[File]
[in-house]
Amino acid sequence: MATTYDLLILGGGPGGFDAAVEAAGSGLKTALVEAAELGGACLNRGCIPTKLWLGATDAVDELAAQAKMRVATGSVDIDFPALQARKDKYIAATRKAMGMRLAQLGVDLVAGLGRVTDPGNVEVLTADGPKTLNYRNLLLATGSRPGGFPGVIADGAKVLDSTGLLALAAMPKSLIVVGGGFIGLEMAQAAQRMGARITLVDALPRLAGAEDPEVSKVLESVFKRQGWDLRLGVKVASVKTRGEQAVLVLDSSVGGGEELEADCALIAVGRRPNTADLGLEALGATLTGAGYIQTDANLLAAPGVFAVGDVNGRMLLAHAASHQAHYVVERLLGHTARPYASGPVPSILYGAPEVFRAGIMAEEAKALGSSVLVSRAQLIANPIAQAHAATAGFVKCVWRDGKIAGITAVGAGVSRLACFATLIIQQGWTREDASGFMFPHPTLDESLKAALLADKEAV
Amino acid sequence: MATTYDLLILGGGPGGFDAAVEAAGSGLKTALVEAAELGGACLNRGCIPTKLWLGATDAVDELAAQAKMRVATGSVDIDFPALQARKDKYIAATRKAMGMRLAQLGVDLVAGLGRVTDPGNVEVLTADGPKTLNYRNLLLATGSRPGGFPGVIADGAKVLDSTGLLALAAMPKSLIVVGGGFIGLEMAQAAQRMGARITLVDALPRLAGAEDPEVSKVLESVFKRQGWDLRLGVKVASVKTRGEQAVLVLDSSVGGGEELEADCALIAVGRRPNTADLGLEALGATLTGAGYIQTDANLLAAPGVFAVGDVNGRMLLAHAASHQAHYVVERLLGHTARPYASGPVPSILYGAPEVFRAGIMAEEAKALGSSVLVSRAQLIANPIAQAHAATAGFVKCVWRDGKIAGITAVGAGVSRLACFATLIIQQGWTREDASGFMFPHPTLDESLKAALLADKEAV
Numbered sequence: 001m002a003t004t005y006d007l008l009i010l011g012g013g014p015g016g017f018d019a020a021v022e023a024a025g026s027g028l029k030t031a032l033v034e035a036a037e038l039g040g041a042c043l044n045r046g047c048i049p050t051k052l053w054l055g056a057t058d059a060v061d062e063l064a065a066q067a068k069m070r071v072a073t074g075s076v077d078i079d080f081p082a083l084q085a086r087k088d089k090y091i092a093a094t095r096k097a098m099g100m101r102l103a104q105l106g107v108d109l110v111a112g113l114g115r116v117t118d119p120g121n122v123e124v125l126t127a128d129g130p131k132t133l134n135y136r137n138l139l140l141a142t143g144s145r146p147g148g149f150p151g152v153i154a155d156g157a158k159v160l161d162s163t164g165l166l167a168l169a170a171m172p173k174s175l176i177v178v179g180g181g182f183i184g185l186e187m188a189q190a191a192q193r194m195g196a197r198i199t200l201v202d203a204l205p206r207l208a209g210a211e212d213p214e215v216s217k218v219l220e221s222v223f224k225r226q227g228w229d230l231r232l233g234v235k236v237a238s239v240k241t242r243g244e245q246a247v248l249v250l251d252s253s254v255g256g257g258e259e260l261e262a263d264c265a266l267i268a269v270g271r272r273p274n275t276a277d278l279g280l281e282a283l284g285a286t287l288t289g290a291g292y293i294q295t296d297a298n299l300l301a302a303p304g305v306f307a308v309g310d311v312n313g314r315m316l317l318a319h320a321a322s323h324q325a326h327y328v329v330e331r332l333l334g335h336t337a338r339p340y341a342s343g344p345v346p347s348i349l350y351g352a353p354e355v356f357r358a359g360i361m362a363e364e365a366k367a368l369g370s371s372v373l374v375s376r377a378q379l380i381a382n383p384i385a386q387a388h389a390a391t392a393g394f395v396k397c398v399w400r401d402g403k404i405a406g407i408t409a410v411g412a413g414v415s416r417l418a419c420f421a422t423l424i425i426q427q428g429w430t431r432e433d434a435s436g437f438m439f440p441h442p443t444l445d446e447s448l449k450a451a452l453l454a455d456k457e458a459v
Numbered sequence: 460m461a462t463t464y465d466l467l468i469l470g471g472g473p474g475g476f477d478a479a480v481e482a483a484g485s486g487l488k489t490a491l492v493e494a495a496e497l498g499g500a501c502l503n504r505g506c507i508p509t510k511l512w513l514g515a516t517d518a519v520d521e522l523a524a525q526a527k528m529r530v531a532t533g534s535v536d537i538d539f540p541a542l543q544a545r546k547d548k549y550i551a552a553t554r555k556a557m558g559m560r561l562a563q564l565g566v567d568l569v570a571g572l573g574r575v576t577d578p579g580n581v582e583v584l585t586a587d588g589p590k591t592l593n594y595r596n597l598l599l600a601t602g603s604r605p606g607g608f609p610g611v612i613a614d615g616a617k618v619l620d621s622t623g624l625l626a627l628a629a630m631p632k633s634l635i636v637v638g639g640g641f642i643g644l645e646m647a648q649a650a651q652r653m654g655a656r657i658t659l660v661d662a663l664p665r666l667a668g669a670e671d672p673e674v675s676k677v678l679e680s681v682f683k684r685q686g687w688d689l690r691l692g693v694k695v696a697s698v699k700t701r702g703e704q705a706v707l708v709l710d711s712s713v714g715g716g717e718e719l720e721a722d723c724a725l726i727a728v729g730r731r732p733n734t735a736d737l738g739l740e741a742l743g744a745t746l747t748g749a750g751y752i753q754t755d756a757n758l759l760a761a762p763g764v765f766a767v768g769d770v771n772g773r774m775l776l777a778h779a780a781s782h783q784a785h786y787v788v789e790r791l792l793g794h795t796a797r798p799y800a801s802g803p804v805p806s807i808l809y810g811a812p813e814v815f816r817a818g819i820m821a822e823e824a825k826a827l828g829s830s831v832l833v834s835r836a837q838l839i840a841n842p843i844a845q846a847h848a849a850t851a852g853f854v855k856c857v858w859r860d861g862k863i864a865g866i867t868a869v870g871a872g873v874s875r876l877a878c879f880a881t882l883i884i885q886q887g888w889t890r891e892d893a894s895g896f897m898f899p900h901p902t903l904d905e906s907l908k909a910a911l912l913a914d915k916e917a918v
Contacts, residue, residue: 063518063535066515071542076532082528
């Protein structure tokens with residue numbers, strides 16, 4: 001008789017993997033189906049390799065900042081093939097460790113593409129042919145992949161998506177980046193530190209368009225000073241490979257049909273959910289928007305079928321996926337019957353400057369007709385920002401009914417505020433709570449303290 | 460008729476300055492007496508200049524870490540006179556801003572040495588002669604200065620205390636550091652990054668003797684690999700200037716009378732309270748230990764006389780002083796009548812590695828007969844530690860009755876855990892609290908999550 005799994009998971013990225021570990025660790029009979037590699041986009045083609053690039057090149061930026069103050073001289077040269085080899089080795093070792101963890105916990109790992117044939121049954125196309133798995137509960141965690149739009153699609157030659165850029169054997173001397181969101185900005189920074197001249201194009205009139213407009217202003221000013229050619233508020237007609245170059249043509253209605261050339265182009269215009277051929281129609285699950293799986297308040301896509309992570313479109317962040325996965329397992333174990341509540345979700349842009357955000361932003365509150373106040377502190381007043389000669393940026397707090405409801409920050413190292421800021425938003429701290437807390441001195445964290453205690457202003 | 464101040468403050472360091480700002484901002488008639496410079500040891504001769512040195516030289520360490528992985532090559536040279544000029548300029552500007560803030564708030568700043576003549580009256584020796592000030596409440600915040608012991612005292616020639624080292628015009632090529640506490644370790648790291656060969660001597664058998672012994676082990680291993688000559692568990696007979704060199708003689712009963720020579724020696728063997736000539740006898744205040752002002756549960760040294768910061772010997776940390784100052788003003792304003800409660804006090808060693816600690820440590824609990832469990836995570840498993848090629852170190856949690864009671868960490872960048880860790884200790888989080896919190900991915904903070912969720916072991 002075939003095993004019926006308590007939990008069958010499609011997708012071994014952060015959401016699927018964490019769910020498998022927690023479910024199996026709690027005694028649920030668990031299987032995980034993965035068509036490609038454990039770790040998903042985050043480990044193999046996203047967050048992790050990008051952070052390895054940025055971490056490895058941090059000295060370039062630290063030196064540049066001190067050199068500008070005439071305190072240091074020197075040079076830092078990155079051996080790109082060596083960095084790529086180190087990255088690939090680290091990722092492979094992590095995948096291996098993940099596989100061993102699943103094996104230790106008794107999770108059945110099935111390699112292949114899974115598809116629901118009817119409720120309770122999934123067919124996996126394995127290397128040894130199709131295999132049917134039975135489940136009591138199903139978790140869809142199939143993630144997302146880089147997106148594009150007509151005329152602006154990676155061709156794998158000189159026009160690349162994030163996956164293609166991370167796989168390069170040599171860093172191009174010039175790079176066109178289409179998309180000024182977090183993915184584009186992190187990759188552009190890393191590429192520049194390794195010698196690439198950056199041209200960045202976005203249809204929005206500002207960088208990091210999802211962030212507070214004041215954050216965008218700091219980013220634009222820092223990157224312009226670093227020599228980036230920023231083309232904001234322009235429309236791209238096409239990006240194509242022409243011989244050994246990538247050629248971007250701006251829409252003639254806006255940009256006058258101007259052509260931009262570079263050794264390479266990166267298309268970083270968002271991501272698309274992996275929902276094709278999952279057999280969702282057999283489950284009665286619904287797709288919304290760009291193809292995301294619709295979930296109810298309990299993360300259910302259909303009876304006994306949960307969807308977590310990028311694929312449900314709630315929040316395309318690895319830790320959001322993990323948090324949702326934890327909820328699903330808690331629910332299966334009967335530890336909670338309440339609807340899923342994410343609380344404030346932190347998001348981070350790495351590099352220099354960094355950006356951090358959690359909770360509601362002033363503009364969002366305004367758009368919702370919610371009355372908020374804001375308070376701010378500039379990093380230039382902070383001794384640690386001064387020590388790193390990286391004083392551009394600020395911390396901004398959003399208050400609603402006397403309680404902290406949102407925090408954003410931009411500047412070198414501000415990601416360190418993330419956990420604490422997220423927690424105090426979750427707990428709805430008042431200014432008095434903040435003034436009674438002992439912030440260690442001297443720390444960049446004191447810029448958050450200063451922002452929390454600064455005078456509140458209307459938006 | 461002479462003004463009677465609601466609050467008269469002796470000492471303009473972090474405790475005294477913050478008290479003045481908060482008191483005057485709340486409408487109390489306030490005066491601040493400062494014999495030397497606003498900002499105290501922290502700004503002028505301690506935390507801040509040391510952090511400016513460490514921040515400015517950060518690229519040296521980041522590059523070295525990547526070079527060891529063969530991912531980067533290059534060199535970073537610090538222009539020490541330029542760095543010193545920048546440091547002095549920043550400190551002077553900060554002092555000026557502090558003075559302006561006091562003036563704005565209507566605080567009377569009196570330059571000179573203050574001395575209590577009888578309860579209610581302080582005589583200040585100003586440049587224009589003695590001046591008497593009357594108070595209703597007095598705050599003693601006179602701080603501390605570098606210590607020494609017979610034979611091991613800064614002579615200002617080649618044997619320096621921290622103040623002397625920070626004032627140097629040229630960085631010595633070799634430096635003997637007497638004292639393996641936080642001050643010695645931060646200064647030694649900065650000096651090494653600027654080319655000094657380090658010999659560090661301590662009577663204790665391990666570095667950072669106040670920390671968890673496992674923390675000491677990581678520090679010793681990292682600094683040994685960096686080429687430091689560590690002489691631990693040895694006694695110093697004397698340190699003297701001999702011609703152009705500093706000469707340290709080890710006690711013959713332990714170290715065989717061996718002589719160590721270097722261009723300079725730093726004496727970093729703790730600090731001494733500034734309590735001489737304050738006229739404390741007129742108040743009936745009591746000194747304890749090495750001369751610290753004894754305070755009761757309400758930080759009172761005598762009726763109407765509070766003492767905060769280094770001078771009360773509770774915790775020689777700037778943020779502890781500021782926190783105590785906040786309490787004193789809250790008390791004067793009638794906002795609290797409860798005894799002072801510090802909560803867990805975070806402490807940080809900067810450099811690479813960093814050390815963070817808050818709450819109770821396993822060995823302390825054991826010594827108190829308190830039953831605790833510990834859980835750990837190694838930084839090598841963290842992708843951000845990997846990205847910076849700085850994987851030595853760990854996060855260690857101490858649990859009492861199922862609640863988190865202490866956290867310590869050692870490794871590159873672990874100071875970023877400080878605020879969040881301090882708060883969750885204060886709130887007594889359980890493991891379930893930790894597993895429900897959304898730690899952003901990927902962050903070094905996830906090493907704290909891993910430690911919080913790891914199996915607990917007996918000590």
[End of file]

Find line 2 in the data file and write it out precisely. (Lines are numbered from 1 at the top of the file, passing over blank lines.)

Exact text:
Amino acid sequence: MATTYDLLILGGGPGGFDAAVEAAGSGLKTALVEAAELGGACLNRGCIPTKLWLGATDAVDELAAQAKMRVATGSVDIDFPALQARKDKYIAATRKAMGMRLAQLGVDLVAGLGRVTDPGNVEVLTADGPKTLNYRNLLLATGSRPGGFPGVIADGAKVLDSTGLLALAAMPKSLIVVGGGFIGLEMAQAAQRMGARITLVDALPRLAGAEDPEVSKVLESVFKRQGWDLRLGVKVASVKTRGEQAVLVLDSSVGGGEELEADCALIAVGRRPNTADLGLEALGATLTGAGYIQTDANLLAAPGVFAVGDVNGRMLLAHAASHQAHYVVERLLGHTARPYASGPVPSILYGAPEVFRAGIMAEEAKALGSSVLVSRAQLIANPIAQAHAATAGFVKCVWRDGKIAGITAVGAGVSRLACFATLIIQQGWTREDASGFMFPHPTLDESLKAALLADKEAV